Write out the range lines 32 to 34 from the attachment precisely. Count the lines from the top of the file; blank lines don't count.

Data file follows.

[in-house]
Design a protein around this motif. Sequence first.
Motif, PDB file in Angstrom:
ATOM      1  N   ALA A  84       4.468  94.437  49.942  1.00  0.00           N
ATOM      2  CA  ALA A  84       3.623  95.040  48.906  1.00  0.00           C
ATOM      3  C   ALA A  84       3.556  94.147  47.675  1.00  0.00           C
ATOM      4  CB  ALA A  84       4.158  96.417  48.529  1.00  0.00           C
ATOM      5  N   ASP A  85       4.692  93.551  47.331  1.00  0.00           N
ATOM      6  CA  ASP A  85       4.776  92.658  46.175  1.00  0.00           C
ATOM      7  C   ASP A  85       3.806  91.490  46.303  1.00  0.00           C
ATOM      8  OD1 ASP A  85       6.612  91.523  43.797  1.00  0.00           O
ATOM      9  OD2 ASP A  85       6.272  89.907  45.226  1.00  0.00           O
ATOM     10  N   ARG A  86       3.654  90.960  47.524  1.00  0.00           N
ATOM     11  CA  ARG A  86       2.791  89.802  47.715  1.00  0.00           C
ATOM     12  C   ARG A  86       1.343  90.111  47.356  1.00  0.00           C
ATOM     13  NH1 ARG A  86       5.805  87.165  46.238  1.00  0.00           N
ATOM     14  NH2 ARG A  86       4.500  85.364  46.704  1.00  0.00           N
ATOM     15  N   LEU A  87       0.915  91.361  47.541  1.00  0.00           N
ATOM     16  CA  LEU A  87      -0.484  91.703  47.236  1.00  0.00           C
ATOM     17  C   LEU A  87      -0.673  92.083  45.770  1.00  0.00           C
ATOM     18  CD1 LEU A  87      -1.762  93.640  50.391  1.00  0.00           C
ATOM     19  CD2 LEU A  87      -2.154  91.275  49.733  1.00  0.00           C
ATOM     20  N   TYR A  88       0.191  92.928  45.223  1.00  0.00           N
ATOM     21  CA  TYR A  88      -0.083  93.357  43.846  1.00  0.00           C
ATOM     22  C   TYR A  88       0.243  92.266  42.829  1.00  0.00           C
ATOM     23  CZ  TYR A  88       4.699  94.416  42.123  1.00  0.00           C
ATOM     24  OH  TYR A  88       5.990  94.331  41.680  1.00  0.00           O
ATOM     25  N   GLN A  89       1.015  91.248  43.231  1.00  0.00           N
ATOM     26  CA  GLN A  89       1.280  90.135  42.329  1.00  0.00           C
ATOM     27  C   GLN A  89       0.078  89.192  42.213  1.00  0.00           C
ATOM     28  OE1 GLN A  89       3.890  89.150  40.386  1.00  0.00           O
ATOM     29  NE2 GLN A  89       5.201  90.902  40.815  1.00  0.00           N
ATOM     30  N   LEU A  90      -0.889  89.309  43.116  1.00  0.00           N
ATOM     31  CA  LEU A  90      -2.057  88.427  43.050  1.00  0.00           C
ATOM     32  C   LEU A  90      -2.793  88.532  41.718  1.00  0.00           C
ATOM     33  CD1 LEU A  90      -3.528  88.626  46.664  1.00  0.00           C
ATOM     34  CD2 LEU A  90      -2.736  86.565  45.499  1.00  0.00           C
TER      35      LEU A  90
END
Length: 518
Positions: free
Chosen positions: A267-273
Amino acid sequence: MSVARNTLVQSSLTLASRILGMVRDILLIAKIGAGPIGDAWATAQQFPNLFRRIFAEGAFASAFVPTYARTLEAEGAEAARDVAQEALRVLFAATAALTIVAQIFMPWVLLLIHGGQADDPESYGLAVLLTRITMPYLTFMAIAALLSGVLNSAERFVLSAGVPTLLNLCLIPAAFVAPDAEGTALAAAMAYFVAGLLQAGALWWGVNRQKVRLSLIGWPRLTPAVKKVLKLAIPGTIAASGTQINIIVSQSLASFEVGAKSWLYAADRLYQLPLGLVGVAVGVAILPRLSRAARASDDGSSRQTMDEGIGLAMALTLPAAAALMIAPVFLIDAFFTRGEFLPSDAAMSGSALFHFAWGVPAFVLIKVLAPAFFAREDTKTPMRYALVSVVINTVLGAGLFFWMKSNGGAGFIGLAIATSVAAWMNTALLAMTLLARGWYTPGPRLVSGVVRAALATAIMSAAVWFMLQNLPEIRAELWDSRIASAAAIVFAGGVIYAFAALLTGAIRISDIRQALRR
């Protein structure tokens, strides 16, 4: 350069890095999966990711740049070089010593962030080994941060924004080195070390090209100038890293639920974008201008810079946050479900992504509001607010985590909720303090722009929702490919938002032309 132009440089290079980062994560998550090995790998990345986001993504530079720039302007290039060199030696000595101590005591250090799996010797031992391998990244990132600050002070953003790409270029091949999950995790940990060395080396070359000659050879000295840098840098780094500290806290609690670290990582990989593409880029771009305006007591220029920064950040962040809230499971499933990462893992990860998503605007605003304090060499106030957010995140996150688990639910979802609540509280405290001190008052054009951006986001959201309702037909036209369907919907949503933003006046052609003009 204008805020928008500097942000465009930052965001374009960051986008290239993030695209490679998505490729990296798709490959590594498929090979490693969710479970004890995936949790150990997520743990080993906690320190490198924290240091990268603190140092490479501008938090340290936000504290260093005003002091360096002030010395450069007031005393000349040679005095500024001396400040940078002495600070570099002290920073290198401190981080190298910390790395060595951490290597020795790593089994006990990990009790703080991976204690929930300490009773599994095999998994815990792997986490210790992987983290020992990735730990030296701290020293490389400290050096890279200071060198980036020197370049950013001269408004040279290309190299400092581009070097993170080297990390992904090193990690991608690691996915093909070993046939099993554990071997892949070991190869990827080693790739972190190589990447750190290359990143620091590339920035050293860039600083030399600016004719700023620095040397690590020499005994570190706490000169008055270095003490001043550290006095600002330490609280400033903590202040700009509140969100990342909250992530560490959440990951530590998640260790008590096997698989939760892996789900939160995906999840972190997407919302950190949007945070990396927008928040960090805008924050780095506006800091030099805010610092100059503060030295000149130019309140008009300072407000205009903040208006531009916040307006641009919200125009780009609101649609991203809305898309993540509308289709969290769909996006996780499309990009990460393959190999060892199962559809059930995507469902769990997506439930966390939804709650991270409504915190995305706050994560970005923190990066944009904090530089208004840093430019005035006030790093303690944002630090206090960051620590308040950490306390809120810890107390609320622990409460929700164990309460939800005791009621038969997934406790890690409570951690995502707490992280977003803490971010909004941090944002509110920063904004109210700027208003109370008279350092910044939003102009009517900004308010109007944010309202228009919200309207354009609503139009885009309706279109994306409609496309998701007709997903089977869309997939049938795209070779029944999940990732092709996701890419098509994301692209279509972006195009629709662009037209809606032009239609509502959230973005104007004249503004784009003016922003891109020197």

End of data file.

ATOM     29  NE2 GLN A  89       5.201  90.902  40.815  1.00  0.00           N
ATOM     30  N   LEU A  90      -0.889  89.309  43.116  1.00  0.00           N
ATOM     31  CA  LEU A  90      -2.057  88.427  43.050  1.00  0.00           C